Many of the wolf-like social behaviors of the dog are not things that endear them to us, and many have lost their original social purpose to the dog as well. They are appendages that evolution hasn’t managed to shake yet. Like the human appendix, they range from merely useless to downright awkward.
The elaborate eliminatory patterns of the dog are a source of puzzlement and grief to many a dog owner, but if it is any consolation, they don’t make a great deal of sense for the dog, either. In wolves, both the alpha male and the alpha female generally urinate with a raised leg; all other members of the pack merely squat. The raised-leg urinations involve depositing relatively small amounts of urine in prominent places and on conspicuous objects. This of course has almost nothing to do with the needs of elimination and everything to do with territorial markers.
Many people have come to believe the frequently repeated tale that wolves only mark the perimeter of their territory in this fashion, as a “keep-out” signal. In fact, careful studies in Minnesota found that wolves urine-mark throughout their territory. They do the same with their feces (scats) which are frequently deposited on prominent spots, too, such as snowbanks, stumps, shrubs, and even empty beer cans.
Wolf scats are also frequently found at trail junctions, especially in the immediate vicinity of rendezvous sites where growing wolf pups are left while the adults go off to hunt. Scent glands on either side of the anus probably serve to add an individually distinctive odor to scats, reinforcing their function as scent markers. The scratching of the ground that sometimes follows elimination by socially dominant wolves, and which some but not all dogs exhibit, appears to be aimed at reinforcing the scent mark with a visual mark, or possibly to reinforce it more directly with odor from glands in the paws. (Wolves are careful while scratching up dirt or leaves during this action not to aim the debris directly at the site of their eliminations.)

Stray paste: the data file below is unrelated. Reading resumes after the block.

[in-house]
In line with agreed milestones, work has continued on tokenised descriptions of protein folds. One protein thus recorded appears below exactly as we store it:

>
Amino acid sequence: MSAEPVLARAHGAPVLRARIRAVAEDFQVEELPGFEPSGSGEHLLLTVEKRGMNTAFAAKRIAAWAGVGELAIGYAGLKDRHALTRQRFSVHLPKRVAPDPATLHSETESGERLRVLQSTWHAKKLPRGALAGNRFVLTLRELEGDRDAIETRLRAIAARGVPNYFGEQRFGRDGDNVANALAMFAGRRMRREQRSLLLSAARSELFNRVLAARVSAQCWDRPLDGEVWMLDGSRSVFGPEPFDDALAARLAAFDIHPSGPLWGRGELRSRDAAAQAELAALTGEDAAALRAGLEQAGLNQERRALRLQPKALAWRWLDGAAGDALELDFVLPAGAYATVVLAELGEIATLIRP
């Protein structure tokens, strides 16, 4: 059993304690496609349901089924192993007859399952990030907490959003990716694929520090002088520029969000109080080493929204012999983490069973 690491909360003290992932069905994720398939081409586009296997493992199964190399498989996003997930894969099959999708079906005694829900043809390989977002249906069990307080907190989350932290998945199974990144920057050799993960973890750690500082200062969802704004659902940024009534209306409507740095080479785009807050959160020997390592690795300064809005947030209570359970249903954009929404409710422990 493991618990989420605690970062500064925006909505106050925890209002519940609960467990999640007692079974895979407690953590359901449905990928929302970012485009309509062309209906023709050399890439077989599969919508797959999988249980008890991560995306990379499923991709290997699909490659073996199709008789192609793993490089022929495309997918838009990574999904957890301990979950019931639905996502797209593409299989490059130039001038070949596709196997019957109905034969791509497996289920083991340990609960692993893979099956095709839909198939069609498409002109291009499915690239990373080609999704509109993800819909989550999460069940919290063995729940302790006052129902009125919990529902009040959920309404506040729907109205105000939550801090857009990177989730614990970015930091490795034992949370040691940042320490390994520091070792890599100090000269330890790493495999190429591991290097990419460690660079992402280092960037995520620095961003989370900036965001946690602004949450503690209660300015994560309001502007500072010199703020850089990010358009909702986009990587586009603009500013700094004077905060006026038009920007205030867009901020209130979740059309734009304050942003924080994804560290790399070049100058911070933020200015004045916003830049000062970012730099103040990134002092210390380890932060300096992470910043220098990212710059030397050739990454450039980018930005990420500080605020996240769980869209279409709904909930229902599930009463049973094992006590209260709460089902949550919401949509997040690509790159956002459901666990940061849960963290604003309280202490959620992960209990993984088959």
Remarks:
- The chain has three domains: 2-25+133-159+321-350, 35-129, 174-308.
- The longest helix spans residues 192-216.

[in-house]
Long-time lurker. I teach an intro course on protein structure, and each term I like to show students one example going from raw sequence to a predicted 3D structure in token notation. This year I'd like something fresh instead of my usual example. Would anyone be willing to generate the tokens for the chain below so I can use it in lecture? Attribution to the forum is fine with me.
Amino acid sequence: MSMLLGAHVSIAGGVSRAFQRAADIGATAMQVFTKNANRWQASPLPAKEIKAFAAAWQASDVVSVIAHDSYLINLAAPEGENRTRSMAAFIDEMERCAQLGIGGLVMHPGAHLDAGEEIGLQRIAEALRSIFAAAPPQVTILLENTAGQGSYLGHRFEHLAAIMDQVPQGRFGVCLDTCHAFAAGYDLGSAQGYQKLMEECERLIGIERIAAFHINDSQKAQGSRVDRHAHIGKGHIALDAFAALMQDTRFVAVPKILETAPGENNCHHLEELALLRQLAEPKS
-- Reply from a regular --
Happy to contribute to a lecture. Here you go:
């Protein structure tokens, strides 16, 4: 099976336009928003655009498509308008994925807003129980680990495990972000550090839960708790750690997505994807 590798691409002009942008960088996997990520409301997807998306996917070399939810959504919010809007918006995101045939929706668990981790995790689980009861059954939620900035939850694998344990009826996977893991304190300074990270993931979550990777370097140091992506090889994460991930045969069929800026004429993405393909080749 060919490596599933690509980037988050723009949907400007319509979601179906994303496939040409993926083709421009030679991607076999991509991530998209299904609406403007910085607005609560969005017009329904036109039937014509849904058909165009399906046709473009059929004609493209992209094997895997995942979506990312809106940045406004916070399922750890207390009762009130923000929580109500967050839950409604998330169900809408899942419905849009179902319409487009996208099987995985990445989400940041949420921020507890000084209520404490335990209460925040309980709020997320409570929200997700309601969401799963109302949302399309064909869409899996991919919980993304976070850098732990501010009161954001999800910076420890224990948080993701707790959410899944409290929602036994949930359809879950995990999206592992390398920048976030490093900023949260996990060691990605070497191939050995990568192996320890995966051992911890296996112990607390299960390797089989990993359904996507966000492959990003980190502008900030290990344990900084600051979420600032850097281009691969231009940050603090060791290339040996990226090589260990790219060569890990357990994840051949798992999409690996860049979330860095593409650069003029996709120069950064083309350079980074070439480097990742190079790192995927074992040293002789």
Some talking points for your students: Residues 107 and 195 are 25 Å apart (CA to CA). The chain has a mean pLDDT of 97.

Dogs not only have no instinct to keep such a large area clean; on the contrary, they have a definite instinct to thoroughly mark their immediate vicinity with both urine and feces. Wolves apparently do this so that pack members can know at any time whether they are in their home territory. The primary stimulus for raised-leg urination in wolves is not, as is often said, the smell of a strange wolf’s urine, but rather the presence of the wolf’s own mark: there is a strong instinct to mark and remark sites along frequently traveled routes within the wolf’s own territory. Indeed, it may be an almost automatic response to the odor of urine. Laboratory studies have found that when the nasal lining of dogs is electrically stimulated, it triggers an immediate relaxation of the urinary sphincter muscles.